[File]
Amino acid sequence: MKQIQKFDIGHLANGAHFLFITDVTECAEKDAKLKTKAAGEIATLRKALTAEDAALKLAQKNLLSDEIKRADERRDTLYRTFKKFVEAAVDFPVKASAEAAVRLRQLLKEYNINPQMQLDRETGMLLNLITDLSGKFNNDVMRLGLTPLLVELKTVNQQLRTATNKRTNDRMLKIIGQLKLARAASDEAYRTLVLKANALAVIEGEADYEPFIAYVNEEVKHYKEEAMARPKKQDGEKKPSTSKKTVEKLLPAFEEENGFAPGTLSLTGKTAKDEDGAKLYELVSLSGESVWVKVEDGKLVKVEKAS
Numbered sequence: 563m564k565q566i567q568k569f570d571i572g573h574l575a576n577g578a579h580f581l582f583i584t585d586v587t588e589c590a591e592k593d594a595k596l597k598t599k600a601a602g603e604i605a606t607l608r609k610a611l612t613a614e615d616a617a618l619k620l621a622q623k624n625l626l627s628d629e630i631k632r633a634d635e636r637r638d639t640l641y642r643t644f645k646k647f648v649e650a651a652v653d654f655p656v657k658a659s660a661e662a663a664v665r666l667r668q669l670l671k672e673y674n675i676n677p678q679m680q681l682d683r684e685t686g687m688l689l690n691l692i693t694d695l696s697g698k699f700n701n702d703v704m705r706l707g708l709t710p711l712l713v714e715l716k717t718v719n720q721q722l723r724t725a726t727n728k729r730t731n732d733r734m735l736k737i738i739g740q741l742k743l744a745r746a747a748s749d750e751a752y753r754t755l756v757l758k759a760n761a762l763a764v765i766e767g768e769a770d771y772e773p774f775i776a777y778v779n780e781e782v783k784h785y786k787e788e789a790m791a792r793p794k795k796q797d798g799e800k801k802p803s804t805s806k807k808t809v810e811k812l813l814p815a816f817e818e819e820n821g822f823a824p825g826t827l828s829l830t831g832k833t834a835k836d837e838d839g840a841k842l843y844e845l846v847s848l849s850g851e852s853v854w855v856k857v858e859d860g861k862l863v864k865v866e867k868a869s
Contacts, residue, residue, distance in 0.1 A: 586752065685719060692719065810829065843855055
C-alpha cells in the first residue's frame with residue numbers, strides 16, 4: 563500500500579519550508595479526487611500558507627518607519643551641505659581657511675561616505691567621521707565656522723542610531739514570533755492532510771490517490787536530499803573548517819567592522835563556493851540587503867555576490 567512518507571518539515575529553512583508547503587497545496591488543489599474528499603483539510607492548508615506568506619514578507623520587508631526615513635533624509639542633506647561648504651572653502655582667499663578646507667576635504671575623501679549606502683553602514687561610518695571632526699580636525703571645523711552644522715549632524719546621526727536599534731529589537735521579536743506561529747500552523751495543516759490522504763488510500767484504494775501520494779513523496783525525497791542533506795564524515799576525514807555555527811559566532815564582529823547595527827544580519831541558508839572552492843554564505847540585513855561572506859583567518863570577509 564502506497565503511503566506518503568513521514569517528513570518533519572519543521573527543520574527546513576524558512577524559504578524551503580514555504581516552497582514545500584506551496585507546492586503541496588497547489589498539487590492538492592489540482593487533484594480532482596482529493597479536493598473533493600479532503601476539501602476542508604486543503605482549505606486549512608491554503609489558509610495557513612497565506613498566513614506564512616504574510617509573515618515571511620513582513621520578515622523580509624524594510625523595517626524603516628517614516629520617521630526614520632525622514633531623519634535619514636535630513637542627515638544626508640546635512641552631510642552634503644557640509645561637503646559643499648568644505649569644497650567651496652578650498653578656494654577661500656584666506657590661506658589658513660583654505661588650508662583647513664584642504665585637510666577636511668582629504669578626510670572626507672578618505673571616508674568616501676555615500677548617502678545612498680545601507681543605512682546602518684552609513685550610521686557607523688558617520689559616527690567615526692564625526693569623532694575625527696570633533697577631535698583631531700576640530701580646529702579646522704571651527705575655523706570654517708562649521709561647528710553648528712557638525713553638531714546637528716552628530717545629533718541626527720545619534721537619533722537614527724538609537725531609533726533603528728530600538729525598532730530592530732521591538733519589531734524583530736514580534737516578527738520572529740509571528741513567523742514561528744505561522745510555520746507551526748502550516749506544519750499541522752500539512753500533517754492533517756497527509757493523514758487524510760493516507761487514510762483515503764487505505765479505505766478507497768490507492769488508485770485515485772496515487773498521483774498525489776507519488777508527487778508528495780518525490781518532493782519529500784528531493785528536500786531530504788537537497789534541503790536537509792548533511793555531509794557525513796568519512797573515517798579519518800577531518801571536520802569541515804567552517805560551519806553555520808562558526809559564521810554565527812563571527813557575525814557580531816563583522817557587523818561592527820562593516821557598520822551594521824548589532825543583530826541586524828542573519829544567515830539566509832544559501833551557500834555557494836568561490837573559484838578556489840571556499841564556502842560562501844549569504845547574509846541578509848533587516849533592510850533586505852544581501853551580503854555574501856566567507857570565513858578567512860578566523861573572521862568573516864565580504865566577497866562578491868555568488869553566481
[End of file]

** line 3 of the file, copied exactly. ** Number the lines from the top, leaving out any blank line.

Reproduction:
Contacts, residue, residue, distance in 0.1 A: 586752065685719060692719065810829065843855055